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The season of solitude
This is an archived article that was published on sltrib.com in 2007, and information in the article may be outdated. It is provided only for personal research purposes and may not be reprinted.

ZION NATIONAL PARK - Walking the Riverside Trail at the end of Zion Canyon can be delightful any time of year, but a stroll along the one-mile paved trail can be especially invigorating in the dead of winter.

Since the average high temperature in Zion Park is in the mid-50s in January and February, it's possible to find blue-sky days when the air is crisp and the trails relatively uncrowded.

Just ask 2-year-old Hayden Gines of Herriman, who took his first hike in early January along the Riverside Walk. He felt the cold water that seemed to drip out of the red rocks along the Virgin River and examined the sandstone with his hands.

"Rock!" he exclaimed, followed by "Water!"

His older sister, 6-year-old Ryley, loved seeing mule deer near the start of the trail and was convinced a beaver must have cut down trees creating a tiny pool along the river.

The children's parents, Kristy and Doug Gines, seemed delighted their children enjoyed the short walk on a near-empty trail.

"It wasn't as cold as I thought it would be," Kristy said. "The climate is nice. It was great watching them explore new things. We have never taken a trail before. We've just driven in the past. The kids didn't know you could hike."

Doug thought the paved trail might be a bit boring, but left plenty impressed with its beauty and the way his young children took to the outdoor experience.

There are many reasons to visit Zion in January and February, when Utah's most-visited national park gets a reprieve from summer crowds that can overwhelm the trails and the canyon.

Many motels in the gateway community of Springdale, and the Zion Lodge inside the park, offer winter rates. Year-round commercial facilities have a decidedly more laidback feel.

"It's like a vacation," said Stephen Foltz, who stays on through the winter as a waiter at the Zion Lodge restaurant. "Things are a whole lot slower. I like it better from a guest perspective. You can relax and not be surrounded by people."

David Johnson, who works at the Zion Lodge, said winter is a good time for people who like to drive a car into the canyon because the shuttle system doesn't run. Zion doesn't usually start to get crowded again until the first part of April, Johnson said.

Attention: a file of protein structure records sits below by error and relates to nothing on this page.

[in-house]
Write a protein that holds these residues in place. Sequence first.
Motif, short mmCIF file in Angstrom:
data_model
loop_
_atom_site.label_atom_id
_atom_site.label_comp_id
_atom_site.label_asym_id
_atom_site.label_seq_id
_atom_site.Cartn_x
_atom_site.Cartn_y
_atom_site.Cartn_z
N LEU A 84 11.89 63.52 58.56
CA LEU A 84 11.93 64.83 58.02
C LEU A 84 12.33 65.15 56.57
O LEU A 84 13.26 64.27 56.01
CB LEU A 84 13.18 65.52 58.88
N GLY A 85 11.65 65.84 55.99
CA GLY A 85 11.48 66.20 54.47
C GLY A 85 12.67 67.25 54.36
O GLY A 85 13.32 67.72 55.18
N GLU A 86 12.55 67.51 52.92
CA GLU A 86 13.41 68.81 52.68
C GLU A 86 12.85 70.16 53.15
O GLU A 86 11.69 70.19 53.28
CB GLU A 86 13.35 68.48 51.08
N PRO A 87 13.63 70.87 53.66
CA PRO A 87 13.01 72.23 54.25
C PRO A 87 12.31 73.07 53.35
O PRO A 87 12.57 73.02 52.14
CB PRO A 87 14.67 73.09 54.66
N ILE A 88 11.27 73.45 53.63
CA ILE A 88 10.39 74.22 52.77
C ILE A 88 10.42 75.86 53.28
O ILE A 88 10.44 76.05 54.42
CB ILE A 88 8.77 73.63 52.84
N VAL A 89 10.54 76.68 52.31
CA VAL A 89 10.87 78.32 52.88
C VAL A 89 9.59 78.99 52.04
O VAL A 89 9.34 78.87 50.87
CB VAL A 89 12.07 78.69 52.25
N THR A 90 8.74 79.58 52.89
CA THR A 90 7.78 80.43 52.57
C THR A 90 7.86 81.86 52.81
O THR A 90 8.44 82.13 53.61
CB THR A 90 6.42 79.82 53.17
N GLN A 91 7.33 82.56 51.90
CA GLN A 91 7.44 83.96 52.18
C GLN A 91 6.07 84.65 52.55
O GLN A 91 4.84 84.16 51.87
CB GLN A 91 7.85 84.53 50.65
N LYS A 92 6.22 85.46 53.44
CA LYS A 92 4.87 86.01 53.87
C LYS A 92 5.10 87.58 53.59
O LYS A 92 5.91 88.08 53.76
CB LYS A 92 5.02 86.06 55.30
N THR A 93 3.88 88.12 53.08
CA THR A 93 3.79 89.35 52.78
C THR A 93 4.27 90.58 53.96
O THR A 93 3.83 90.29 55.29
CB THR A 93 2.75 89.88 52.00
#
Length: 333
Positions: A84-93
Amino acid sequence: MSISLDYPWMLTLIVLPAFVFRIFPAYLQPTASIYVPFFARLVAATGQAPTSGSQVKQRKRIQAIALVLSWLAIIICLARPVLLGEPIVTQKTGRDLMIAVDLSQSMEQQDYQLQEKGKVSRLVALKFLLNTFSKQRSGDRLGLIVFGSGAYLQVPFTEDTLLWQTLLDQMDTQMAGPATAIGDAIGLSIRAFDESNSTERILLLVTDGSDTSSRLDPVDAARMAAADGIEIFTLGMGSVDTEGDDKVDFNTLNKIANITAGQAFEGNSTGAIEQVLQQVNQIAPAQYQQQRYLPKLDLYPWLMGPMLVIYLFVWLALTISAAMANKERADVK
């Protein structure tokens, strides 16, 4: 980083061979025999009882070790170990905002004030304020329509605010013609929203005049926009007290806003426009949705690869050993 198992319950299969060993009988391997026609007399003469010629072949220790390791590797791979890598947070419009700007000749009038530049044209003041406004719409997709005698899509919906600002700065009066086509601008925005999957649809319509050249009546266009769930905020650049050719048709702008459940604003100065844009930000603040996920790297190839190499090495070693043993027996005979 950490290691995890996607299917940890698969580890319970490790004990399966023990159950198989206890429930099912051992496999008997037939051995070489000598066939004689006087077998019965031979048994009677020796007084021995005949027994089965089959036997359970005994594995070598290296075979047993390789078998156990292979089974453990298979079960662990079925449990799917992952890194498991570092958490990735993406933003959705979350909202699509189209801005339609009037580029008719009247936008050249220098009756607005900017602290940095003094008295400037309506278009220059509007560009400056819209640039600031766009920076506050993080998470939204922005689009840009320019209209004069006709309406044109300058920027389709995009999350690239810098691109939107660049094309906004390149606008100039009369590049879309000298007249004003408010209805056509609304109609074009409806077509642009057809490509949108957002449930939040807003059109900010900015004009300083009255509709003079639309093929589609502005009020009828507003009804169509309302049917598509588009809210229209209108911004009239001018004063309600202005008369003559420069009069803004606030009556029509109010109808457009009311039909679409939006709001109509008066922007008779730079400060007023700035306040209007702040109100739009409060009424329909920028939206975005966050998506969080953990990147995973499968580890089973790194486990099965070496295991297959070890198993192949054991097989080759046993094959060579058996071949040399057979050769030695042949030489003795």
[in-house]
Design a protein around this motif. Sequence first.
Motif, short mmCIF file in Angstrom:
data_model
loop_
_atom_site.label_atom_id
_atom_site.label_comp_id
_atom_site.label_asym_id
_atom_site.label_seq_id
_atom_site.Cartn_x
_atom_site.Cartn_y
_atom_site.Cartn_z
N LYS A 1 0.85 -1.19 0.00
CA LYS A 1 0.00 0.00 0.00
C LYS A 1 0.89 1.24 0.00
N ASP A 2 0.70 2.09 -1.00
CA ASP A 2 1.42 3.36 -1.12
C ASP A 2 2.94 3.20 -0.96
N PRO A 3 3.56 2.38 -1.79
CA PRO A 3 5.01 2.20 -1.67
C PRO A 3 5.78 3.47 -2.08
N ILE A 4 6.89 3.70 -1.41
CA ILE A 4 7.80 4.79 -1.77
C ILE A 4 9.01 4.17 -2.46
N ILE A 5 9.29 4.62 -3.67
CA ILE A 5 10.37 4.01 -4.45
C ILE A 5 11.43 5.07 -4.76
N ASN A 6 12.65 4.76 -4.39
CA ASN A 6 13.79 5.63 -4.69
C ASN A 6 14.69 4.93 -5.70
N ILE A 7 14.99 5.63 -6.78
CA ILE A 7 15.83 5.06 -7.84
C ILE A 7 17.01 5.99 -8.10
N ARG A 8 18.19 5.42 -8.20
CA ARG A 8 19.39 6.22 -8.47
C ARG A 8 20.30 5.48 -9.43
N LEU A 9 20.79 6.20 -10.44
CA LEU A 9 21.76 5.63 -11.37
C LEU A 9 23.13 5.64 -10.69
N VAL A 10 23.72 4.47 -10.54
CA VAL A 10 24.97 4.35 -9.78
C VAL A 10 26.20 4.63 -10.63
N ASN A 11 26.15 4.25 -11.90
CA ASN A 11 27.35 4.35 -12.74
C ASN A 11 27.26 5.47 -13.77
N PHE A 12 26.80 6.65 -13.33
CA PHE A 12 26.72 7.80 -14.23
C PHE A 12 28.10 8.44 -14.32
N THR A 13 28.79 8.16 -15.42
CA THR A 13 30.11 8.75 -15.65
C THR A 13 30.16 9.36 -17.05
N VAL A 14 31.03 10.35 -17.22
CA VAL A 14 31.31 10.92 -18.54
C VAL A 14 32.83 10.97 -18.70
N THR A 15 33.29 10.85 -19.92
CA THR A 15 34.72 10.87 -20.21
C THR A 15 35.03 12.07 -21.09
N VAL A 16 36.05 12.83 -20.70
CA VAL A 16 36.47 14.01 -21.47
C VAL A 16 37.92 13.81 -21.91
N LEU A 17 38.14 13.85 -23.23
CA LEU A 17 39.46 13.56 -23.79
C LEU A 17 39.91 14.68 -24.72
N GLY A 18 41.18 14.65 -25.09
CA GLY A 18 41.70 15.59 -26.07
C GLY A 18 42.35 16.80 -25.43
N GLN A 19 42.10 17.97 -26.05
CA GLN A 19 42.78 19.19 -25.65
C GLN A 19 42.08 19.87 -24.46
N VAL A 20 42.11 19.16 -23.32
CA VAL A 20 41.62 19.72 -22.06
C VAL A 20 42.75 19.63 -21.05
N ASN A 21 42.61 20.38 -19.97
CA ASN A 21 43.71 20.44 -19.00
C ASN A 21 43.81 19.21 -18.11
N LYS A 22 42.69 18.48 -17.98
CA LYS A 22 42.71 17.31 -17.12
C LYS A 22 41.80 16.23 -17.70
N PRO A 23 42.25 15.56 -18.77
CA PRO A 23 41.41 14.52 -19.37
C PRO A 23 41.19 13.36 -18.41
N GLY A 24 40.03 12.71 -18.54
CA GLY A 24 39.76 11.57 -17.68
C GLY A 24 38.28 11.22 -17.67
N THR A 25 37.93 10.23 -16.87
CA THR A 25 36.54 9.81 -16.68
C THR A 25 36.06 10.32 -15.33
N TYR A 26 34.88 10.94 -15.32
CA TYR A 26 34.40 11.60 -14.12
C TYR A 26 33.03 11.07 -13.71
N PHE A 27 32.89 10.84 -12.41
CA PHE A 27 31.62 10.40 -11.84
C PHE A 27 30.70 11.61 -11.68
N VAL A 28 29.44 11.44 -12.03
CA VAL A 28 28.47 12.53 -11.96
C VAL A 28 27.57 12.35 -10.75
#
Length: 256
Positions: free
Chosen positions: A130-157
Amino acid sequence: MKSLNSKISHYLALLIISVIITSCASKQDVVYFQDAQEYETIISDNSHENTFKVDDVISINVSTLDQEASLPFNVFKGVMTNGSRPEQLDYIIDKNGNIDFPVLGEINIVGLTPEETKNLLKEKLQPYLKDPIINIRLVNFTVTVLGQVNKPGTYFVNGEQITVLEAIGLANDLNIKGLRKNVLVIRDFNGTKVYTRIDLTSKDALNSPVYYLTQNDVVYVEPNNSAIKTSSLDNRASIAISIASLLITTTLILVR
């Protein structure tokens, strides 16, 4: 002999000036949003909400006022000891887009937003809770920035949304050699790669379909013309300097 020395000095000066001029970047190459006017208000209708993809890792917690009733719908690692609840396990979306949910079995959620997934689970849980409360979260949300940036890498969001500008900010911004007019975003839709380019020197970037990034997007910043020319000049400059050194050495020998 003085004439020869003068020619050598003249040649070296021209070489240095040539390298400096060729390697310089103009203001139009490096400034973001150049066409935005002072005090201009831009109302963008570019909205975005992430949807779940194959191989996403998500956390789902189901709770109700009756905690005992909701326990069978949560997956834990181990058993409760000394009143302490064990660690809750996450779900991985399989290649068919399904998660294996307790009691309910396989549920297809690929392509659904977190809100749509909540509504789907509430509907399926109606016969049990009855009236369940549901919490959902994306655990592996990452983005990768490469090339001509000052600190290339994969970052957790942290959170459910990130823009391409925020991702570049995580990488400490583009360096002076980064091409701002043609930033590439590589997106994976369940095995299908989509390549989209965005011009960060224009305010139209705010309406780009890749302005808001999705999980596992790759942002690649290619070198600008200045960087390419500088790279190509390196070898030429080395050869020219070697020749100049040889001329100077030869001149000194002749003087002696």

It will cost more to enter the park this year. Entrance fees to Zion National Park increased from $20 to $25 for a seven-day noncommercial vehicle pass starting in January.

Zion National Park superintendent Jock Whitworth said visitors will benefit from the increase through improved services and facilities. The last fee increase at Zion was in 2000.

Park officials said fee revenues collected in the past have financed projects to rehabilitate the Zion Canyon Scenic Drive and Nature Center as well as replace outdated park exhibits.

If there is one challenge to visiting Zion in the winter, it comes in the form of an occasional snowstorm. Portions of popular trails such as Emerald Pools, Weeping Rock, Riverside, Observation Point, Angels Landing and Hidden Canyon can close due to icy patches or snow and ice falling from above. The National Park Service said trails in the Kolob Canyons area are snow-covered much of the winter.

"Hikers should be flexible and plan to turn back if trail conditions are unsafe or falling ice is a hazard," a winter park newspaper warned.

The Watchman Campground is open year-round on a first-come, first-served basis, and hookups are available at some sites. In early January, the campground was nearly empty.

Visitor centers at Zion and Kolob Canyons are open daily, though winter hours are shortened. The Zion Center is open daily from 8 a.m. to 5 p.m., and Kolob Canyon is open from 8 a.m. to 4:30 p.m.

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* TOM WHARTON can be reached at wharton@sltrib.com. His phone number is 801-257-8909. Send comments about this story to livingeditor@sltrib.com.

Zion National Park

* WHY GO? There are fewer visitors and lower hiking temperatures during winter in Utah's most popular national park. Plus, prices at area motels and the Zion Lodge are reduced during the winter.

* HOW TO GET THERE: I-15 passes west of the park and connects with Utah Highway 9. Take exit 16, and then Utah Highway 17, exit 27. U.S. Highway 89 passes east of the park and connects with Utah Highway 9 at the Mt. Carmel Junction.

* WHAT IT WILL COST: The entry fee to get into Zion National Park is $25 for one vehicle for seven days.

* NOT TO MISS: Get out of your car and take a walk on short paved trails such as Riverside, Weeping Rock or the Emerald Pools, which offer a relatively easy way for visitors to get a feel for the uncrowded beauty of Zion National Park in the winter.

* WHERE TO EAT: The Zion Lodge offers breakfast, lunch and dinner, with great views of the canyon. In nearby Springdale, locals enjoy Mexican food and occasional live music at the Bit and Spur.

* WEATHER: Winter temperatures in Zion are mild, with an average high of 52 degrees in January, 57 in February and 63 in March. However, the temperature can fall as low as as 29 in January. Snow isn't unusual.

* MORE INFORMATION: Log on to http://www.nps.gov and go to the Zion National Park section or phone 435-772-3256. For information on Zion Lodge, call 888-297-2757 or log on to http://www.zionlodge.com.

Winter is the perfect time to avoid the summer crowds and enjoy a slower pace at Utah's most-visited national park
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